We live in fast-changing societies and the recent events have just showed us how important it is to be flexible and adapt quickly to unexpected changes. Even if we might not have control over what happens around us, we do have control over how we adapt to it and how we build the future we want to have.
What is exactly “innovation”?
“Innovation is seeing what everybody has seen and thinking what nobody has thought.” Dr. Albert Szent-Györgyi.
Innovation is somehow a fuzzy term, unclear and overall, overused. You might think that you have to do something big, completely new or different to be considered “innovative”, but it doesn’t always happen like that.
All of us are innovative, in one way or another. Think about recent services, products or solutions that have become very popular and innovative within the last few years, were they bringing something completely new or different? Most of the times, they were just solving an old problem in a new way, or even solving an old problem in an old way but in a new environment.
Taking a closer look at these examples and the moment in time in which they appeared, they all have one thing in common:
They were just solving relevant problems aligning the solution with the raising trends of the moment, and that is actually what made them become a successful “innovation”.
How can I use social insights and trends to innovate?
Being proactive and constantly listening to what is motivating people, frustrating them, what are their everyday habits and more importantly, the root causes and reasons of all these is what will help you uncover opportunities for innovation. However, this is not enough, for an innovation to be perceived as such it has to be also aligned with emerging and mainstream trends.
There are 5 main steps that will help you find the right direction. However, bear in mind that this requires exploring options in advance, and also practice! The more this process is part of your routine, the more agile you will be become and your eye will be more trained to spot the right signs and connect the dots quickly.
Set up a recurrent process of listening and observing the people you are aiming to reach. There are many tools and approaches you can take for this, you can find some ideas here.
It’s important that this becomes part of your everyday. The more you do it, the more you will identify opportunities for you. You will be able to uncover certain insights easily or in a short period of time, but usually the most important ones need deeper investigation, as these are the things that happen spontaneously or unconsciously and are not evident in at a first glance.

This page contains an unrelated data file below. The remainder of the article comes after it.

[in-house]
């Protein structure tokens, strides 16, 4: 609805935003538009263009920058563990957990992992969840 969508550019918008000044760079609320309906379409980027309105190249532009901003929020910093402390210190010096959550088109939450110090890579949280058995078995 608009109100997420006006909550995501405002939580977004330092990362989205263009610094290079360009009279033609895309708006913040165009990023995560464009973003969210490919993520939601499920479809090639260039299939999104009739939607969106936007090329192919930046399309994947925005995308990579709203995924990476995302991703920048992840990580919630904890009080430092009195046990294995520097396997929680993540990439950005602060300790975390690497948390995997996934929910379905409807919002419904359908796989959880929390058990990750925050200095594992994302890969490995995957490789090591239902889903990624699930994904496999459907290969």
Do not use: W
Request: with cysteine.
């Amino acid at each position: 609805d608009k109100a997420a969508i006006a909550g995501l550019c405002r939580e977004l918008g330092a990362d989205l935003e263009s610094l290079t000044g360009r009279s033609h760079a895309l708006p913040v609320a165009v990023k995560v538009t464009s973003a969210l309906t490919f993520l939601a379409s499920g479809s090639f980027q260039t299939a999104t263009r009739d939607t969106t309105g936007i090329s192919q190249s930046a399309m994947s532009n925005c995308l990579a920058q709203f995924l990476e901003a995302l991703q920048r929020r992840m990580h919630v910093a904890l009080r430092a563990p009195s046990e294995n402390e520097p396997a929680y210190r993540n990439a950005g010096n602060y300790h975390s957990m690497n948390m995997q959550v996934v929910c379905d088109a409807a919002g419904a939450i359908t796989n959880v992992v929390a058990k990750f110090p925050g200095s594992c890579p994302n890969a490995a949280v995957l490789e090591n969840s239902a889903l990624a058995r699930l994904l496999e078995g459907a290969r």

Different research approaches and tools will be needed in this face.
Take notes, pictures, recordings, anything that can help you track the things that surprise you, that you find interesting or that you would like to explore further.
It’s important that you uncover emotional, behavioural and motivational aspects, but also that you measure them in a quantitative way to understand how much of it is just an isolated case or a common element for a relevant amount of people.
At the end of this step you should be able to define specific problems that could be solved. It doesn’t necessarily need to be a live-changing problem, it can be anything that is relevant for the people at a functional, emotional or aspirational level.
Take a look at the big picture. What’s going on in the society in this current moment? What are the mainstream and the emerging trends? What are the events that are currently changing people’s behaviours? Remember that things that start in the other side of the world will arrive here sooner or later. Also, whatever has already started in a complete different industry might apply to yours at some point in the near of far future.
You can use the trends cards for inspiration.
Once you have the problems and relevant trends identified, now it’s the time to start ideating around how you can solve the problems in a way that is aligned with the trends you have identified. For this you can use visuals that represent the trends identified, as well as quotes and visuals that represent the problem(s).
In the ideation session, you should consider things like:
- What experience and perception of your solution do you want your end users to have?
- What is you capacity (technical, logistics, etc.) to make it happen?
- How much time will you need to make it happen?
- What’s the value for the end-user vs. the effort that will require from you?
- How is this going to place your solution vs. other possible solutions out there?
At the end of the ideation process, you should be able to have a set of possible solutions prioritised by relevance for the user and effort required from you.
5.- Conceptualise & Test
At this stage, it’s the moment to start building a more detailed version of your ideas, something very simple and low-effort, but more developed. It can be a sketch with an explanation of how it will work, a very simple visual of the solution or something similar. The important thing here is that it doesn’t require much investment from your side and it’s still easy to understand and visualise.
The concepts that you define will need to be tested with the people that they are aimed at. In this way, you can get a sense of what’s the level of acceptance, concerns and perceptions about it.
You have to bear in mind that since this is something completely new, some people might be reluctant, but it’s important that you capture the reasons why some people doesn’t like it to understand how much of is because it’s new or because it still needs improvement.
If you are interested in learning more, the course on how to use the trends funnel method can help you develop new products based on emerging trends.
You can also be innovative and bring solutions that are unprecendented, you just need to invest time on it, have a structured methodology, understand your users and be tenacious.